Here’s why South Africans are buying into these two countries

Affluent South Africans are increasingly setting their sights on Cyprus and Portugal to gain EU Citizenship, says Pam Golding Properties.

Portugal remains a highly sought-after destination for international property buyers – including South Africans – but now the new kid on the block, Cyprus, is stirring up interest in the marketplace, said Chris Immelman, MD of Pam Golding International.

“For the bulk of South African residential property buyers in these countries, their primary aim is to acquire European Union residency for their families – mainly with a view to enabling their adult children gain ease of access to study and work abroad, and to travel freely in Europe.

“Having recently hosted investor roadshows in major centres around the country, it’s evident that many affluent SA residents are seeking to create international opportunities for their children,”

EU citizenship in six months

Pam Golding noted that an offshore investment in a stable country is an ideal way to diversify a property portfolio with Cyprus in the middle of the Mediterranean Sea offering considerable opportunities to accomplish this.

“For an investment of EUR2 million, you can acquire full European citizenship for life in just 4-6 months for you and your entire family up to the age of 28 years, with the opportunity to disinvest after three years by selling your property, but with the requirement that you reinvest EUR500,000,” Immelman said.

Property there has a sound underlying investment value, he said.

For investors in Cyprus, a key advantage is that citizenship can be passed on to future generations by descent, while a Cypriot passport also allows visa-free travel to 159 countries including Canada, Hong Kong, Singapore and the UK.

Cyprus is about four times the size of Mauritius, with some 700,000 inhabitants.

Currently the largest project being constructed in Cyprus is Ayia Napa Marina on the south eastern coast, which offers buyers luxurious residences, world-class yachting facilities.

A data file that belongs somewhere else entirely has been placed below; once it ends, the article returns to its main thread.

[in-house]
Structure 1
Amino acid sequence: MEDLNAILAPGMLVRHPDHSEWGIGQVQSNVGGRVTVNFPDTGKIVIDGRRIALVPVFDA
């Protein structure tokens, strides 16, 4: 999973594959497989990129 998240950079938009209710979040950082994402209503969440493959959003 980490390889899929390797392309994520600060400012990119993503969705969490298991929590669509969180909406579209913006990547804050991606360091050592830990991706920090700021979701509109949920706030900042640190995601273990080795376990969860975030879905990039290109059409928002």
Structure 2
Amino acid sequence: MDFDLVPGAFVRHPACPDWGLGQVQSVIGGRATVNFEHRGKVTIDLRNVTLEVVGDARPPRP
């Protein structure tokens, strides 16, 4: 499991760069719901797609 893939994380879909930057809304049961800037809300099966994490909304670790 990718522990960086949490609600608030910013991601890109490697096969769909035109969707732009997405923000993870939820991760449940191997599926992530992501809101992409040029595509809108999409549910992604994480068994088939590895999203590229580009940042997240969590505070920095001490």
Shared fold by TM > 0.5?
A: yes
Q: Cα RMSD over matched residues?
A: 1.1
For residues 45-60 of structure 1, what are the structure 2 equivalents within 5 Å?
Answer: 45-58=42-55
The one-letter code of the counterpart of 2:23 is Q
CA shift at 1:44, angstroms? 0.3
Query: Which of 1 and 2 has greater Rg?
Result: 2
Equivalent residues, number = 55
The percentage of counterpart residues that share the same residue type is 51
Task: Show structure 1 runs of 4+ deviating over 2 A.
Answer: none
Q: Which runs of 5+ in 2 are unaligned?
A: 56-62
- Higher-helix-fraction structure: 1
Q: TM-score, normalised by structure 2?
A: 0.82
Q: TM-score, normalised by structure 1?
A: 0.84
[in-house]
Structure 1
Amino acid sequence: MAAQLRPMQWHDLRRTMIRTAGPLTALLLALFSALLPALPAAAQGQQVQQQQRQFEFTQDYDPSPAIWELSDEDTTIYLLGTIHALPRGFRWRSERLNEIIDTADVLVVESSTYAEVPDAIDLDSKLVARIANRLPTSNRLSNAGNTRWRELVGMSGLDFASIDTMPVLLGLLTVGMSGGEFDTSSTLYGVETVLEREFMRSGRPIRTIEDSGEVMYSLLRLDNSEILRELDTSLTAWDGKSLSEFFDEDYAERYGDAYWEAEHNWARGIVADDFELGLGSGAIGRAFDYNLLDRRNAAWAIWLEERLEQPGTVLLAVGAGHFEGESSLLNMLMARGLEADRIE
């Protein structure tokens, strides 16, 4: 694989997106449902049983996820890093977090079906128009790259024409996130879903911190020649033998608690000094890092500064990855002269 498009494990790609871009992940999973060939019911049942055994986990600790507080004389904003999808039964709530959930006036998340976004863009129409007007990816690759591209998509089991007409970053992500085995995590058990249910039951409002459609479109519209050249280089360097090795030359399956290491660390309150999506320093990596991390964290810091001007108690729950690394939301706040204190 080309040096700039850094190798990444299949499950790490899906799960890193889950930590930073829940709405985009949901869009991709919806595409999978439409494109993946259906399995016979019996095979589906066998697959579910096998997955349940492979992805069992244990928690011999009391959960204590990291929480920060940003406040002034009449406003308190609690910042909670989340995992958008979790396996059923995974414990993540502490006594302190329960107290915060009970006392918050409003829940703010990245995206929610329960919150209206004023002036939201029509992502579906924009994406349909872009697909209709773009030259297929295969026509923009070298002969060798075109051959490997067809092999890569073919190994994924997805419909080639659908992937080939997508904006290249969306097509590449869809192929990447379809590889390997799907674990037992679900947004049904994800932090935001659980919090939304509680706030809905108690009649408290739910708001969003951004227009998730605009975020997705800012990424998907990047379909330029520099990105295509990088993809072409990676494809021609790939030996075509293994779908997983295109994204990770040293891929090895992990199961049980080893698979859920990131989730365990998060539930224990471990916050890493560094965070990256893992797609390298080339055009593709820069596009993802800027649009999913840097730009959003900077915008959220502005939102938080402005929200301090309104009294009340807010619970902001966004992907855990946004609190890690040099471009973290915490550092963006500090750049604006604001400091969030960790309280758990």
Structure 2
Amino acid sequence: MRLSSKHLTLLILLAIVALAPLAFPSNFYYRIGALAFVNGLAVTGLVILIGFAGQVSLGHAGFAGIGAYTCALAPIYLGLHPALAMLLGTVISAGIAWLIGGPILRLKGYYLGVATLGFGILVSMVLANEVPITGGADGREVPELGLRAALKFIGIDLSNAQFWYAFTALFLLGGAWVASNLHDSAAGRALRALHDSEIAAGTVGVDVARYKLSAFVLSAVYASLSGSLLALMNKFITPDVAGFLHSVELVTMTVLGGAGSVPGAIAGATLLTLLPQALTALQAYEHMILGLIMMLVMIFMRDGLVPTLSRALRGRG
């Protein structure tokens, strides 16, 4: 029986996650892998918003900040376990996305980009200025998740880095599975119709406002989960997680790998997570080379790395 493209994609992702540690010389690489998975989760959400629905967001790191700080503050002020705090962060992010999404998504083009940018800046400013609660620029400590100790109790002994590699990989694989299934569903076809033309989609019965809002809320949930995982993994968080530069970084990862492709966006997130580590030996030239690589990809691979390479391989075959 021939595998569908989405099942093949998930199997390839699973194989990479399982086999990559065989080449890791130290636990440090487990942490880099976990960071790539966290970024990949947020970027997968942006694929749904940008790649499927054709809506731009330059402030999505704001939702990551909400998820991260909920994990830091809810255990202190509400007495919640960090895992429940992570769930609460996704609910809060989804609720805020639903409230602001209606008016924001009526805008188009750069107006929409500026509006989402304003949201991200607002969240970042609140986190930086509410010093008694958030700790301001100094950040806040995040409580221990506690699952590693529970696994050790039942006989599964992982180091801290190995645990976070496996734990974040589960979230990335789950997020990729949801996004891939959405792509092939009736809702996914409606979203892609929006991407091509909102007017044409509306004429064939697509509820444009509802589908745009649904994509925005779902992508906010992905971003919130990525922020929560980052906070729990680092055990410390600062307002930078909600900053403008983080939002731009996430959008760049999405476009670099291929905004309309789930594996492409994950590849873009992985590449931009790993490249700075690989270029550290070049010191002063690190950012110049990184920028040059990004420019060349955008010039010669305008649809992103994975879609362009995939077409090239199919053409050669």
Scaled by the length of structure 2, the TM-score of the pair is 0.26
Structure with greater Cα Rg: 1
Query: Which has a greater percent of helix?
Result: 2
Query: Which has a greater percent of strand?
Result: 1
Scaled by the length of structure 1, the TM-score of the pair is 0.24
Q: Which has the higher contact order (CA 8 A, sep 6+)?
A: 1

The 190, deluxe apartments in the two ‘twisted’ towers are priced from EUR795,000 (R12 million), while 29 luxury villas are selling from EUR4.6 million (R70 million).

“Apart from the two landmark ‘twisted’ towers of over 100m which will rise above the skyline, providing panoramic views across the beaches, coastline and Mediterranean, the development will include an impressive marina and various upmarket retail, dining and lifestyle amenities,” Immelman said.

Pam Golding pointed out that for those affluent South Africans willing to invest EUR2 million upfront, “you acquire your passport within six months, with the opportunity to disinvest in three years with a return of say, some EUR2.5 million – EUR500,000 of which you can use to re-invest in an apartment for use as a holiday home or buy to let investment”.


“We continue to see a huge uptake in property in Portugal, with South Africans riding the wave of property buyers in Lisbon, where they enjoy significant growth in the value of their portfolios as the property market is booming, with demand significantly outweighing the supply,” Immelman said.

To benefit from Portugal’s Golden Visa Programme with the opportunity to qualify for residency, foreign buyers need invest a minimum of EUR500,000.

Permanent residency is achievable in year six and citizenship in year seven. Portugal has relatively low tax rates of about 20% and no wealth or inheritance tax or tax on overseas pensions, the property group said.

“Since we began selling property via the Golden Visa Programme less than three ago, prices have increased by 30%. Such is the demand that for the first time we are looking outside our usual stamping ground of Lisbon and Cascais to Comporta, which is considered ‘The Hamptons’ of Portugal.

“Only about an hour from Lisbon and with pristine beaches, Comporta comprises a cluster of villages ideal for weekend getaways, with properties selling from EUR300 000,” Immelman said.

Read: 8 of the cheapest countries for South Africans to buy citizenship in 2018

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Here’s why South Africans are buying into these two countries